Former teen Federal Bureau of Investigation (FBI) informant and former prisoner Richard Wershe Jr.—known as “White Boy Rick”—spent 32 years of a life sentence for cocaine possession. Within weeks after being freed, Wershe teamed up with cannabis producer Pleasantrees to launch a brand called The 8th.
Anyone who has seen 2018’s White Boy Rick starring Matthew McConaughey knows the story: When Wershe was 14, he became an informant for the FBI—being forced to snitch on upper-level drug lords. He was the youngest FBI informant in U.S. history.
In the thick of the crack epidemic during the mid-80s, Wershe became deeply involved in the underbelly of the world of organized crime. Even though the FBI pushed him into that world working as an informant, Wershe was busted at age 17 for having eight kilos of cocaine.
“I took money that they gave me to buy drugs, I then took those drugs and sold them,” Wershe told VICE. “They taught me to be a drug dealer and I became a drug dealer.”
Wershe was slapped with a life sentence in 1988 despite being under 18 years old.
White Boy Rick’s New Life
Wershe—now 52—spent his entire adult life in prison, missing out on spending time with his dying father, among other events. He was finally released on good behavior from a halfway-house prison facility in Florida in July. On July 19, at 10:30 a.m., Wershe was picked up by his fiancée.
Wershe filed a $100 million lawsuit against former FBI agents and prosecutors—alleging child abuse in connection with his time spent as an informant. As a 14-16-year-old at the time of his informant days, he just might have a solid case.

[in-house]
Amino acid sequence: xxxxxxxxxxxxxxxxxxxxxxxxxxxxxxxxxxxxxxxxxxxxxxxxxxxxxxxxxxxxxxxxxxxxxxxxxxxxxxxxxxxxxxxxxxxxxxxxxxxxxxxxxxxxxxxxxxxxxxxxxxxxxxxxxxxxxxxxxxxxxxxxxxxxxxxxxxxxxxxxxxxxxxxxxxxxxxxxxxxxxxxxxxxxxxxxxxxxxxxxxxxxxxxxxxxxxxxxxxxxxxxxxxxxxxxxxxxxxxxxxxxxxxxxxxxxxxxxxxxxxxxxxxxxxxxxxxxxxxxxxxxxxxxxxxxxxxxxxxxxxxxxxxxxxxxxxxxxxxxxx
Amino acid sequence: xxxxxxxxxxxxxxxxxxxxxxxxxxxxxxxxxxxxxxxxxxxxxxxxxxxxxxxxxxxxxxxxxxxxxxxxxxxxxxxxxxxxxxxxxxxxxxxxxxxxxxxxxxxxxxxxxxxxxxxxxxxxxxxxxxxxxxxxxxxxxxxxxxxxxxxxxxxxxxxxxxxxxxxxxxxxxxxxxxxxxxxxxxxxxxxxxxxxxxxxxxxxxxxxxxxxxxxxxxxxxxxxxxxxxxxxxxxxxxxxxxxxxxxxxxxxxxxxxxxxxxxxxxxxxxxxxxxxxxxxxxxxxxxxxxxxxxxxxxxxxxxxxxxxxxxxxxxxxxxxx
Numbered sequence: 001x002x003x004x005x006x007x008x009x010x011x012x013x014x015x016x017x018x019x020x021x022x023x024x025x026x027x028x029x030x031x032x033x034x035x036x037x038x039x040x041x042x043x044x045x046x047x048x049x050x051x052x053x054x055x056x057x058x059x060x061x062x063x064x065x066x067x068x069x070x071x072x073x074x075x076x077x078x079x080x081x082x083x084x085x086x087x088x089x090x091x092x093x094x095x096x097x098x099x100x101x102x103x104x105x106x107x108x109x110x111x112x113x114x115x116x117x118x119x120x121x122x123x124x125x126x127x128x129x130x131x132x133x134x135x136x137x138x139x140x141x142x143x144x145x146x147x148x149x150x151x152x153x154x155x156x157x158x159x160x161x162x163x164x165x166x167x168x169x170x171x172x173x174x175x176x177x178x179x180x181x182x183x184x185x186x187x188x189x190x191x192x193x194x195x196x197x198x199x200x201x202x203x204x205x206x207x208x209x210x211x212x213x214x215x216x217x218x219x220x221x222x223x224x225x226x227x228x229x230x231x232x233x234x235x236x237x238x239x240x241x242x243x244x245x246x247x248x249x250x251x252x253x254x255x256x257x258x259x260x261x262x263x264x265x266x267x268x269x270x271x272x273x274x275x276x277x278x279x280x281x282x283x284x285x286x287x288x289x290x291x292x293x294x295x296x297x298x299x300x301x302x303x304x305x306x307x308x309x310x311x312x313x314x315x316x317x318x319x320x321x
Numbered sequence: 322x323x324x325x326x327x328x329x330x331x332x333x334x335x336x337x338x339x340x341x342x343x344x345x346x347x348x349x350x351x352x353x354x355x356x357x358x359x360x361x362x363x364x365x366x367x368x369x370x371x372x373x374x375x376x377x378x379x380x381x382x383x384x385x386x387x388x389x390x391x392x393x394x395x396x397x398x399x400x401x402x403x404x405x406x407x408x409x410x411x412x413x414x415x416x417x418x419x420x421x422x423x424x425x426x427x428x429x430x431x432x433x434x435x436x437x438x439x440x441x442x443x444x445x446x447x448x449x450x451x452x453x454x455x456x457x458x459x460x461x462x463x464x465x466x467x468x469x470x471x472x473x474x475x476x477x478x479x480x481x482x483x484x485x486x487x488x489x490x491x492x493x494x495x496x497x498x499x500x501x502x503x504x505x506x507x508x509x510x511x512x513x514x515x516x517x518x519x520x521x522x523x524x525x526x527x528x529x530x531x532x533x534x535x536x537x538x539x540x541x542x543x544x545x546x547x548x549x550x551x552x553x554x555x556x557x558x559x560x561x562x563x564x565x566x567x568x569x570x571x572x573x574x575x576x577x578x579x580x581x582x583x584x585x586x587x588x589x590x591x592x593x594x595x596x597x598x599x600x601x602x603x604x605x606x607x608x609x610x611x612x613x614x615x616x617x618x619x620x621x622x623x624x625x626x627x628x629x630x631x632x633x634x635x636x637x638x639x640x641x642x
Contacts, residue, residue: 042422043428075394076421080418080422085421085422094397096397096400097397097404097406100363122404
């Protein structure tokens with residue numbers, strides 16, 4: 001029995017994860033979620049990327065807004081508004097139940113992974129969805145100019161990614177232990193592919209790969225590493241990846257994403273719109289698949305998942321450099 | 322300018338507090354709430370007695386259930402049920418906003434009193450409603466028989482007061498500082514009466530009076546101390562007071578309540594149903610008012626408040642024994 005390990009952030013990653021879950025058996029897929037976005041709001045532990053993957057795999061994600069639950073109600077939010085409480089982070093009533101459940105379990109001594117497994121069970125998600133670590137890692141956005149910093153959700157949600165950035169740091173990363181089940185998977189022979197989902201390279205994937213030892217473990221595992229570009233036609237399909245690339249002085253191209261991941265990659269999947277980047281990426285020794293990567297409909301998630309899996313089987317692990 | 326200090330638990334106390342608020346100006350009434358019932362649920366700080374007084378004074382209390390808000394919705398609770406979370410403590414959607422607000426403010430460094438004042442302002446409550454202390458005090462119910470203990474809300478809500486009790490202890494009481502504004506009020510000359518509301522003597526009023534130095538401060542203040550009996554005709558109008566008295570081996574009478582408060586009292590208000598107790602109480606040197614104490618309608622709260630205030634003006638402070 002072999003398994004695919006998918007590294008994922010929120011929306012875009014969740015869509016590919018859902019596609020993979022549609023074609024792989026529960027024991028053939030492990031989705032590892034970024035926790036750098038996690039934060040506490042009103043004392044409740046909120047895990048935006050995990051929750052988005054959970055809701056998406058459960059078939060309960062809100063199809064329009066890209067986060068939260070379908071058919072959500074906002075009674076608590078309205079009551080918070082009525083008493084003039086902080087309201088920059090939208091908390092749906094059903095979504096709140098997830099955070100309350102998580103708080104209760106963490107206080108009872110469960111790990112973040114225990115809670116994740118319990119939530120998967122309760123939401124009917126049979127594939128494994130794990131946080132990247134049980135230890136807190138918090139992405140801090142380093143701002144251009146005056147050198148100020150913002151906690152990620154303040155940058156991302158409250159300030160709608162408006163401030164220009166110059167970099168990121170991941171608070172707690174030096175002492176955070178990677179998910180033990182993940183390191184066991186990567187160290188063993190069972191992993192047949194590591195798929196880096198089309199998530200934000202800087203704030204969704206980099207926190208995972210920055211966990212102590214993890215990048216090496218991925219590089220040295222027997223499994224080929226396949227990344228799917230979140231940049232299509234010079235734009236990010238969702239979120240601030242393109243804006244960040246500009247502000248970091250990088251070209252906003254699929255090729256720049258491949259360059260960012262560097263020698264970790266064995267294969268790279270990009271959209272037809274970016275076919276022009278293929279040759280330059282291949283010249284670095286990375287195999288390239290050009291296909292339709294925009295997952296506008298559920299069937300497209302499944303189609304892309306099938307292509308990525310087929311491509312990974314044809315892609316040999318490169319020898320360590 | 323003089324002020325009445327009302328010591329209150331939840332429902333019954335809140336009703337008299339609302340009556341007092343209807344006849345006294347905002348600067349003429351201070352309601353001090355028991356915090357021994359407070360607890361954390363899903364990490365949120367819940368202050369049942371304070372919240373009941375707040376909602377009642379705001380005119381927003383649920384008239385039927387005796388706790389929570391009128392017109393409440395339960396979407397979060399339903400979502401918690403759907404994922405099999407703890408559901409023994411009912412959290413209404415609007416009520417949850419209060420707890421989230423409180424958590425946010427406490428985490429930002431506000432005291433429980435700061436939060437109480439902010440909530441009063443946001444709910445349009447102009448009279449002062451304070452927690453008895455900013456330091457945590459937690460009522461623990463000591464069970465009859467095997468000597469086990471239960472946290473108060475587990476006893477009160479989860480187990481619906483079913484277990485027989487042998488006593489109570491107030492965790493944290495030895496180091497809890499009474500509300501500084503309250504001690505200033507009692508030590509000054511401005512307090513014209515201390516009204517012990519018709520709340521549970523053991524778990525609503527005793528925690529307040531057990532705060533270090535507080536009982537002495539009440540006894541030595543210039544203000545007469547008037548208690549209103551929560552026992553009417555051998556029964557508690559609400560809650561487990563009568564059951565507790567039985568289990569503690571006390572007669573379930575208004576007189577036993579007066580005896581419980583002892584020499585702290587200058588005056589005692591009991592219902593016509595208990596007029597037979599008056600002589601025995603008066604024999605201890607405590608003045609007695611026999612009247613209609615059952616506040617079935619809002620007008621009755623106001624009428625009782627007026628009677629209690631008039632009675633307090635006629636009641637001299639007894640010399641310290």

He alleges that the only reason he got involved in cocaine sales was because the FBI coerced him into doing it. He claims drug lords attempted to assassinate him, on one occasion.
Wershe is finally free, and didn’t waste any time teaming up with Michigan-based producer Pleasantrees Cannabis Company to launch a brand called The 8th. The 8th is symbolic of both an eighth of weed and the Eighth Amendment—which in theory supposedly protects Americans against “cruel and unusual punishments.” Wershe obviously wasn’t a recipient of those protections, but he hopes to spread awareness about inhumane cases such as his own. The 8th will launch this fall, and will feature cannabis accessories and other products.
Wershe pointed out that life sentence for pot-related crimes are just as insane. “I’ve met people in federal prison doing life sentences for marijuana. I mean, it was tonnes, but you know it was still a plant. Life for a cannabis crime was a bit harsh.”
“I think we could release 50 percent of the people in our prison system and it wouldn’t make society any more dangerous because over 50 percent are non-violent offenders.”
Wershe does not in fact smoke weed, but strongly believes that the criminalization of drugs in America is corrupt, uninformed, and laws need to be changed so that people aren’t locked up in prison for nonviolent crimes.
He also said that big pharmaceutical companies are the real cartels. While ongoing lawsuits are fixing some of the problem, the people responsible for synthetic opioid deaths walk free, while a mid-level teen who sold cocaine had to spend his adult life in prison. “There’s been 500,000 deaths, $27 billion in fines. And not one person has been incarcerated,” He added.
Benjamin M. Adams is Staff Writer at High Times, and has written for Vice, Forbes, HuffPost, The Advocate, Culture, and many other publications. He holds a Bachelor of Communication from Southern New Hampshire University.